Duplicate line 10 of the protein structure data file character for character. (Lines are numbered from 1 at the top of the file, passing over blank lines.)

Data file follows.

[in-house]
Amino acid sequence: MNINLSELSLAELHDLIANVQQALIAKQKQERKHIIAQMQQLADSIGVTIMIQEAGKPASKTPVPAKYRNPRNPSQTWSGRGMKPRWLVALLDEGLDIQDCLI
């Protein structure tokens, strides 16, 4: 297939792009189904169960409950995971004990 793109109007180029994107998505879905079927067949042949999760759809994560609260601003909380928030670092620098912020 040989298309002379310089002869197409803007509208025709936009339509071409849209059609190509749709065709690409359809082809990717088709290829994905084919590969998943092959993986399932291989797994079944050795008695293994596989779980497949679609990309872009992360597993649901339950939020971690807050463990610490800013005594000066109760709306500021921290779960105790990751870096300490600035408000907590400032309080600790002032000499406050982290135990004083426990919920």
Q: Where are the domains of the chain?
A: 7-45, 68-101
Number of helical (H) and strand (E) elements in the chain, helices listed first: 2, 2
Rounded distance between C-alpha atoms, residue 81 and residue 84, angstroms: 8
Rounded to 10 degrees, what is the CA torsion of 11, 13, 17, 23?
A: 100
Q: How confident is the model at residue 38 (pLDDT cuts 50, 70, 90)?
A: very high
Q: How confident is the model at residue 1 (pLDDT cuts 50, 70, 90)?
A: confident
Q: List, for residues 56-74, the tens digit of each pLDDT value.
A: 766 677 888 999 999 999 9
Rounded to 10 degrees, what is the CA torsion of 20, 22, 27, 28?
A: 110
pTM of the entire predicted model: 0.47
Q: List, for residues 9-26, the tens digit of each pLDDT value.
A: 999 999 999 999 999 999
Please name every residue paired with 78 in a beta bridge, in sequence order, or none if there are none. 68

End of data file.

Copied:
Q: How confident is the model at residue 38 (pLDDT cuts 50, 70, 90)?